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A CONSCIENTIOUS MAN'S CONSCIENCE.
A very few hours after its occurrence, the scene at the flower-show was regretted by all who took part in it. Medland realised the foolishness of his indiscretion and want of temper; Benham was afraid that he might have set inquiring minds on the track of game which he wished to hunt down for himself; Kilshaw was annoyed at having been forced into such an open display of his relations with and his influence over Benham. Even to himself, his dealings with the man were a delicate subject. Almost every one has one or two matters which he would rather not discuss with his own conscience; and his bargain with Benham was one of these tabooed topics to Kilshaw. For, in spite of what he had done in this instance, he belonged to a class which some righteous and superior people will have it does not exist. He was a conscientious politician--a man who, in the main, was honest and straightforward; prone indeed to think that what he had was necessarily identical with what he ought to have, and that any law not based on a recognition of this fact was an iniquitous law, but loyal to his friends, his class, his party, and his country; ready to spend and work for his own rights' sake, but no niggard of time or money in larger causes; sincere in his convictions, dauntless in affirming and upholding them, hardly conceiving that honest men could differ from them; strong in his self-confidence, believing that the best men always won, suspecting from the bottom of his heart every appeal to sentiment in the mouth of a politician. Such he was--a type of the man of success, with the hardness that success is apt to bring, but with the virtues that attain it; and his defects and merits had made him, for years past, Sir Robert Perry's most valued lieutenant, and a very pillar of the cautious conservative ideas on which that statesman's influence was based.
And now Mr. Kilshaw, impelled less by mere self-interest than by the rankling of a personal feud, had--dipped the end of his fingers in pitch. He had resented fiercely Medland's hardly disguised attack on him, and it had fanned into flame the wrath which the Premier's schemes, threatening the profits of himself and his fellow-capitalists, and the Premier's principles, redolent to his nostrils of the quackery and hypocrisy that he hated, had set alight in his heart. Against such a man and such a policy, was not everything fair? Was it not even fair to use a tool like Benham, if the tool put itself in his hand?
Yet he was ashamed; but, being in secret ashamed, he, as men often do, set his face and went on his way all the more obstinately.
He bought Mr. Benham, Mr. Benham and his secret; they were heartily at his disposal, for he could pay a better price than Puttock could; and he laid them by in his arsenal, for use, he carefully added to himself, only in the very last emergency.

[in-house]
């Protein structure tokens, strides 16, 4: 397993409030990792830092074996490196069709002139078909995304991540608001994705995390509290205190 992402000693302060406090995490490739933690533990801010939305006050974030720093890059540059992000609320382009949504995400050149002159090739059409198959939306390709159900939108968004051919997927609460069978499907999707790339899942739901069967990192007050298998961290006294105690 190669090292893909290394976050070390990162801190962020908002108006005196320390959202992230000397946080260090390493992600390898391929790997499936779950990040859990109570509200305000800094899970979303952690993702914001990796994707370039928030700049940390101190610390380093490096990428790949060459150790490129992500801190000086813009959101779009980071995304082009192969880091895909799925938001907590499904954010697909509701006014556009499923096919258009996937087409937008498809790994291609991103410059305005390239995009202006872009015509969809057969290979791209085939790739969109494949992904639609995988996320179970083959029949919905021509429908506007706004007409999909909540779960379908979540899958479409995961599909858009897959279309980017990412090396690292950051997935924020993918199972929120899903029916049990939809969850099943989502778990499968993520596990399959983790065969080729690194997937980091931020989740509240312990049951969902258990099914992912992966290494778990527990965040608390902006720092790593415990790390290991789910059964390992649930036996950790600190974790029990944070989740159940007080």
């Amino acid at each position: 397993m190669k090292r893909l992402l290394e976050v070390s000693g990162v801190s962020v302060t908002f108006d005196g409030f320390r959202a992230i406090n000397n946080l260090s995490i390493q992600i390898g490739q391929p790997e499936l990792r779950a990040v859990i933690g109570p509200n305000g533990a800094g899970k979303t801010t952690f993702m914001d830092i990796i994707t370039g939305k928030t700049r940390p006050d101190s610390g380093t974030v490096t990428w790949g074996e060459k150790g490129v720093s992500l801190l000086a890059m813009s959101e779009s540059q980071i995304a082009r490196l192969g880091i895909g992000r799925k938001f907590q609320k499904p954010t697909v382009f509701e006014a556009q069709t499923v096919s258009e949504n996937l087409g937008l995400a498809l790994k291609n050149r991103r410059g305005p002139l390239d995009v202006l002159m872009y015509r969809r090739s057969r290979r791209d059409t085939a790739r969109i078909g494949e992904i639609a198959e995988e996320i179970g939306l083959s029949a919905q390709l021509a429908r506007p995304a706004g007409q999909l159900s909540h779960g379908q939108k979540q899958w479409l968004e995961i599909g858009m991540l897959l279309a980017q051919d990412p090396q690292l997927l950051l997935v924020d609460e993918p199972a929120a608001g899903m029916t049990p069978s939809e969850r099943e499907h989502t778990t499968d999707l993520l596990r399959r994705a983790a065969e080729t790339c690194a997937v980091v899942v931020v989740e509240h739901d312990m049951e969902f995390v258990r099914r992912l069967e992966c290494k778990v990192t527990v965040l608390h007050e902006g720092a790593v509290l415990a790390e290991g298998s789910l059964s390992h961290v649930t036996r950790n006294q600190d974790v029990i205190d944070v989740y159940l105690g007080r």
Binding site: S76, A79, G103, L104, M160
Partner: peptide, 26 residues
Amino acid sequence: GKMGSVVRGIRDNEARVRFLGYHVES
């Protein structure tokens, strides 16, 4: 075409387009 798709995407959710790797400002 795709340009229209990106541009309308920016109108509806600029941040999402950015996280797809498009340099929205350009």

"Not yet, you fool!" he had whispered to his tool in anger and alarm. The tool did not know how dirty it seemed to the hand that was to use it, and yet shrank from using it until the very last. But if it came to the very last--why, he would use it; and Mr. Kilshaw inspected the pitch on the end of his fingers, and almost convinced himself that it was not pitch at all.
Yet was this "very last" very far off? Since the flower-show, the Premier was displaying feverish activity. He was like a man who is stricken by mortal sickness, but has some work that he must finish before the time comes when he can do no more work, and know no more joy in the work he has done. Bill after bill was introduced embodying his schemes, and the popular praise of him and enthusiasm rose higher and higher at the sight of a minister doing, or at least attempting, all and more than he promised. The Ministry was worked to death; the Governor was apprehensive and uneasy; Capital was, as Kilshaw had said, alarmed; only Sir Robert Perry smiled, as he remarked to the Chief Justice at the Club,
"It can't last. His own men won't swallow all this. Medland must be mad to try it."
"Perhaps," suggested Sir John, "he doesn't mean business. He may only want a strong platform to dissolve on."
"Riding for a fall, eh?"
"I shouldn't wonder."
"My experience is," observed Captain Heseltine, looking up from the Stud Book, "that chaps who ride for a fall come more unholy crumplers than anybody else."
"I hope you're right," said Sir Robert, with a smile.
And they discussed the matter with much acumen, and would doubtless have arrived at a true conclusion, had they known anything about the matter. But, as it happened, they were all ignorant of the real reason which dictated Medland's conduct. He had gauged the character of his most uncompromising and powerful enemy to a nicety. He knew that Kilshaw would be loth to make use of Benham, and yet that he would make use of him. He saw that the danger which threatened him had become great and immediate. A stronger hand and a longer purse than Benham's were now against him. The chase had begun. He could not expect much law, and he was riding, not for a fall, but against time. He did not despair of escape, but the chances were against him. He must cover as much ground as he could before the pack was on his heels. So he brought in his bills, made his speeches, fluttered the dovecote of many a prejudice and many an interest, was the idol of the people, and never had a quiet hour.
Besides its more serious effects, the Premier's absorption in public affairs had the result of blinding him to the change that had gradually been coming over his own house. Norburn had always been in and out every hour; he was in and out still, but now he came straight from the street door to the Premier's room, and went straight back thence to the street door again. The visits to Daisy, which had been wont to precede and follow, perhaps even sometimes to occasion, business conferences, ceased almost entirely; and the young Minister's brow bore a weight of care that the precarious position of the Cabinet was not alone enough to account for. It would seem as if Daisy must have noticed Norburn's altered ways, although her father did not; but she made no reference to them, and appeared to be aware of nothing which called for explanation or remark. Perhaps she missed Norburn's visits less because his place was so often filled by Dick Derosne, who, unable to find, or perhaps scorning, any pretext of business, came with the undisguised object of seeing the Premier's daughter, and not the Premier.